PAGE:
I share the work of Andy Smith and Tim Crouch and others. But even since the last time I taught this class, last fall, the lecture had been built around the idea of gathering in a bare theatre with a potent call to action. What’s different you ask? Well, nothing besides not having a theatre to gather together to take that call.
We’re facing a radical reimagining of the liminal space between actor(s) and audience. And the accelerated acquisition of new skills. Not just learning how to operate webinars, or how to direct people into the space together, or how to act in those spaces. We are invited by these strange shared circumstances to redefine vulnerability. The content of the work itself is being created by the artists to capture the conditions we find our selves in separately and collectively. In The Distance Project, I saw work done that was at a personal level of vulnerability I haven’t seen often before. It’s as though we’ve taken our collective dining room tables and tilted them up into a vertical plane to have an intimate national conversation about loneliness and what it means to be human. In the middle of the most politically charged and most impossible time to say what you mean about something at the risk of getting cancelled, our students are showing us the way to bypass that and to heal through authentic creation. I find it more moving than I can say.
Never has collaboration been more critical. Over the past six weeks I’ve witnessed stage managers retool themselves as artists and narrative story creators, lighting designers as graphic artists, technical directors as digital game creators, and actors as poets and filmmakers. It is one of the most exciting transformations I’ve witnessed in my life in the theatre. And we thought the black box was reconfigurable. On a miniscule level compared with how reconfigurable our hearts and minds are.
This week was the third week in the positive intelligence training, and one of the prompts was a call to consider how bad events can be reimagined as positive outcomes. This isn’t a new idea to me. I’ve always been a “there must be a pony somewhere” person, but this time with the delivery, I hear it loud and clear. I see the loss of our theatres, “ruin porn” as Caridad Svich refers to it in her American Theatre article in a completely new light -a temporary vacation from tradition and an invitation to find our original authentic voices out in the commons.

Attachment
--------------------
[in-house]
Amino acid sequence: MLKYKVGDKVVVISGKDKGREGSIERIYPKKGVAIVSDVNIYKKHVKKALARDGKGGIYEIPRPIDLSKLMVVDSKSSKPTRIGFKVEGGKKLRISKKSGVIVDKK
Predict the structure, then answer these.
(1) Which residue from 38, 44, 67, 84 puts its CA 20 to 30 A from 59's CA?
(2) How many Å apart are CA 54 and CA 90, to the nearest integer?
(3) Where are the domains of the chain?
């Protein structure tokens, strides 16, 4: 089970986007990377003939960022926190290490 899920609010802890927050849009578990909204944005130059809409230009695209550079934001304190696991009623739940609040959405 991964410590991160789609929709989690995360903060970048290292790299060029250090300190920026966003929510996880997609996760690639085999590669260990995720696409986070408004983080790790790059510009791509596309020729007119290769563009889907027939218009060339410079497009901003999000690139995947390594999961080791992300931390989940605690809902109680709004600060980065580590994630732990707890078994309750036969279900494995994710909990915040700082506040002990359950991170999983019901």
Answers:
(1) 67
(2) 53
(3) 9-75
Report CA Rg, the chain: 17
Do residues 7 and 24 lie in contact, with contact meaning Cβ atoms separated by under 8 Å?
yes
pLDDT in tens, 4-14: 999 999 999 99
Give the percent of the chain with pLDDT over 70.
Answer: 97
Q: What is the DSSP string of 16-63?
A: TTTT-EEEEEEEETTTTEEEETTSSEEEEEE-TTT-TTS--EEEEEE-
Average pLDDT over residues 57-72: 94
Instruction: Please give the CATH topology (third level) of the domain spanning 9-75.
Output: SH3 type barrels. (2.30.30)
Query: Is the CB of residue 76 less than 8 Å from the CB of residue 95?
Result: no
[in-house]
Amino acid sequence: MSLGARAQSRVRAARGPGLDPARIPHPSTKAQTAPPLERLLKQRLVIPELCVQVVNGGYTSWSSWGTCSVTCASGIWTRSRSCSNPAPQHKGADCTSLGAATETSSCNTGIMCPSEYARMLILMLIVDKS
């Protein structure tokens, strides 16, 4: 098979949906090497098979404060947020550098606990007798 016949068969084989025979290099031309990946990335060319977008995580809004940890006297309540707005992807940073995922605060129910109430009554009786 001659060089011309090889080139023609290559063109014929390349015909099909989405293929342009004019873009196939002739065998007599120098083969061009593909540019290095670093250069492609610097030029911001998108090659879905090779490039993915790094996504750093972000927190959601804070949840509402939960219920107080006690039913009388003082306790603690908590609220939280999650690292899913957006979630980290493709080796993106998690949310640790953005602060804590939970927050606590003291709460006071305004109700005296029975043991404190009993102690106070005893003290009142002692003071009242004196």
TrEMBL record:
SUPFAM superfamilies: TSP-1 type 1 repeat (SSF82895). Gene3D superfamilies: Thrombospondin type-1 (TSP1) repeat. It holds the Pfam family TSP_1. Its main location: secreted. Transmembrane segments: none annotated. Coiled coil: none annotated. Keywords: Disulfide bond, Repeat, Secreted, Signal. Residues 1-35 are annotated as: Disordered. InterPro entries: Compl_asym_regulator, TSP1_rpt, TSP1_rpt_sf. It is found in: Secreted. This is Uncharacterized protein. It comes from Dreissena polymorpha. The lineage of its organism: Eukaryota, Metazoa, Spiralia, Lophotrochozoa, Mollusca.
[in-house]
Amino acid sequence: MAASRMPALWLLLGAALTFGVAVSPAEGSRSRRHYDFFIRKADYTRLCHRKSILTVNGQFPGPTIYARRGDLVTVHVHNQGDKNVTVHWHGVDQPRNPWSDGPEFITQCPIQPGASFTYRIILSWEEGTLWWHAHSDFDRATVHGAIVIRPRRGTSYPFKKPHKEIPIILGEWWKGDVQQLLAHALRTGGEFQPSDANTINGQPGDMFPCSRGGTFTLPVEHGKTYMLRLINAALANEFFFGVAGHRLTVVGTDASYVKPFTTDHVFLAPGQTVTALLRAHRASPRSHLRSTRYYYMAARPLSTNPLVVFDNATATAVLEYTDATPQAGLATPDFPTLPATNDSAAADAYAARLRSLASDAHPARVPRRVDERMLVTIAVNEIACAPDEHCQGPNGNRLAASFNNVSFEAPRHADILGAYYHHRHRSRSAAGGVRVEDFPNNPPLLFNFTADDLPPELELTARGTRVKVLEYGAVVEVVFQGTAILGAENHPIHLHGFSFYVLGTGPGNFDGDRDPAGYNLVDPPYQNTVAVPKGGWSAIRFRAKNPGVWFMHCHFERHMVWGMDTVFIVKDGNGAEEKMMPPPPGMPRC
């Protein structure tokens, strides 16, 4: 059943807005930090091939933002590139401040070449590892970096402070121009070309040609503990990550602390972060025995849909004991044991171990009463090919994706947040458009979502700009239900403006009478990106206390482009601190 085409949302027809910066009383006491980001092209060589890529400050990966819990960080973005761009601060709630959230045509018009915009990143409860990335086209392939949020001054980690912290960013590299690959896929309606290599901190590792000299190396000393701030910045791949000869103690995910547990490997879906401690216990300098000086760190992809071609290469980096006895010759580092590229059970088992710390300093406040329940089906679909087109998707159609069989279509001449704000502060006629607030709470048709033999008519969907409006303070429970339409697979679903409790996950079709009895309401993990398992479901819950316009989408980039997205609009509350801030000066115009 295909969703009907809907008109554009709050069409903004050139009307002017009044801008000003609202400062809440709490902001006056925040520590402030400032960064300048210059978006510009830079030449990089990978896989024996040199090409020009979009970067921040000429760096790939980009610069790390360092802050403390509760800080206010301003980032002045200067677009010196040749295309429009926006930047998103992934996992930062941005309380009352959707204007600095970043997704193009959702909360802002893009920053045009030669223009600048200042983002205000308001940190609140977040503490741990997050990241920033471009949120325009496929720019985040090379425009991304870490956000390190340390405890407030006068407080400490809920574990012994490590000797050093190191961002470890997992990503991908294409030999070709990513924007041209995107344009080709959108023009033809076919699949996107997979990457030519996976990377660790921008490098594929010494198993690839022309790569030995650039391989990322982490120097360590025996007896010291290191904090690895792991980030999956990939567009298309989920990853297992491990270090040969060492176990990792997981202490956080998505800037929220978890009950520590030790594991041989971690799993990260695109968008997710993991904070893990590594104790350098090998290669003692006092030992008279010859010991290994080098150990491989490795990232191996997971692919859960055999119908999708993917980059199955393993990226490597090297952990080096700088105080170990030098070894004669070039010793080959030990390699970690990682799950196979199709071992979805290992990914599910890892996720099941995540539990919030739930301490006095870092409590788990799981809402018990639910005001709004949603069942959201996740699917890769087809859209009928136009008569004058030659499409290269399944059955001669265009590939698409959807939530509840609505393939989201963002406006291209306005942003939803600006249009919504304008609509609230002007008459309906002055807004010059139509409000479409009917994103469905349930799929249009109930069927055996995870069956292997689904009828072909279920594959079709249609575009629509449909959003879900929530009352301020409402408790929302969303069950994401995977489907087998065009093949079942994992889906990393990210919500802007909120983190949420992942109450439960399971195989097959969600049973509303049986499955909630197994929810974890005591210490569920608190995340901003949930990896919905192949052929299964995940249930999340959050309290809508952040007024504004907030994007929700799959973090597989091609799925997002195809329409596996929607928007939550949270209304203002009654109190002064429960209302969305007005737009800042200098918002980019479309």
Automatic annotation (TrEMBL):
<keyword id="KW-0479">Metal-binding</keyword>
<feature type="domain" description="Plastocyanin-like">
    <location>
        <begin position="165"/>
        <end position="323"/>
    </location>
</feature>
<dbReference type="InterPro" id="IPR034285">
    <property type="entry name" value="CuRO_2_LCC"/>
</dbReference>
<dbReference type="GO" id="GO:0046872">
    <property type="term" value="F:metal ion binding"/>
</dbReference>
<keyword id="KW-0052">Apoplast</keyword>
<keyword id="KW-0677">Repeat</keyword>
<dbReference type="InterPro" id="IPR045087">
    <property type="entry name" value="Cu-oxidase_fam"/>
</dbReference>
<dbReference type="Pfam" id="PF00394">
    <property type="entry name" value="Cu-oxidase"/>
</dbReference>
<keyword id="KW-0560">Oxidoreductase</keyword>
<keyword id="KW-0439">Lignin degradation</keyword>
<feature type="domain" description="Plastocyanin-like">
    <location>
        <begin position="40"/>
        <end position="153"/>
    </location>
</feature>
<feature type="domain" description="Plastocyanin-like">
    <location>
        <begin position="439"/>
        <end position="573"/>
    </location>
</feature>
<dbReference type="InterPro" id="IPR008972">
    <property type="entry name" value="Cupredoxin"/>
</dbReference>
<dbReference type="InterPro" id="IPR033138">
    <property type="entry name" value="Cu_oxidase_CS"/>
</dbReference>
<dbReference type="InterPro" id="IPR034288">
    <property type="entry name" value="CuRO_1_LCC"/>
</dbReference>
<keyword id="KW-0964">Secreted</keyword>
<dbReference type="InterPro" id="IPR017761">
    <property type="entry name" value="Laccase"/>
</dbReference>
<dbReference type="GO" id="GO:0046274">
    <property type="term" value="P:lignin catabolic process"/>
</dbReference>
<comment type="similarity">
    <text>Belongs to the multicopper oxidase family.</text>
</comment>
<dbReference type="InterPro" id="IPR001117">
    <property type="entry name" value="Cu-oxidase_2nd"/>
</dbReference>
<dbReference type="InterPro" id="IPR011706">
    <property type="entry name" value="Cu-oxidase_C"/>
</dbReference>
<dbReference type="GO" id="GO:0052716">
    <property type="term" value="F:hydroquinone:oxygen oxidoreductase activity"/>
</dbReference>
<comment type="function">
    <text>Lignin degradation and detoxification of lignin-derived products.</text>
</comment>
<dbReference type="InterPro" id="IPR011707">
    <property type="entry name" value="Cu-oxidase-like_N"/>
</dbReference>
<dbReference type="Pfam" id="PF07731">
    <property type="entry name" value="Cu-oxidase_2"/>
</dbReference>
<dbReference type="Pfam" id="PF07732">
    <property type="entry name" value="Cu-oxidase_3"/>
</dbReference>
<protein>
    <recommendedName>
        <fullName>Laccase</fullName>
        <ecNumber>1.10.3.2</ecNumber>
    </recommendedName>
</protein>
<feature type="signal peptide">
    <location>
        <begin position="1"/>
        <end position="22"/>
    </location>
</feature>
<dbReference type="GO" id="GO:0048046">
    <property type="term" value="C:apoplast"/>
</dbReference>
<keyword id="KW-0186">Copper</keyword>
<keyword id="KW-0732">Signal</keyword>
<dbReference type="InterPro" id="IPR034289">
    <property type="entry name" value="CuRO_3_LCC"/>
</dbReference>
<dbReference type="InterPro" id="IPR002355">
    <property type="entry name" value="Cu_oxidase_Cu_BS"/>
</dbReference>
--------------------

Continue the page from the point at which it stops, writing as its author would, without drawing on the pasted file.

Yesterday, as my big brother and I walked around the reservoir loop, we came upon a succession of discarded red signs emblazoned with A. They were scattered over about a quarter of a mile on the back stretch of the walk. I paused for a moment to lay them all out to snap this picture while my brother was trudging up the hill ahead of me.
Trash or treasure? I prefer to think of it as a red-letter day.
Listen, I’m certainly not advocating abandoning doing theatre together in a space, actors, stage managers, designers, directors – the whole lovely ensemble together again, un-dispersible with the click of the Zoom End Meeting button. I’m certainly not satisfied with the idea of seeing theatre on the rest of my life on my computer no matter how comfortable it is to do tech and strike from my couch. But just think while we can’t yet be together in a physical way, isn’t it tantalizing to see what creative, lonely, intelligent, distant lovelies put together? I see so many gifts in what we are facing. Because I believe that if we have the trust to do this work together, our collective power is infinite.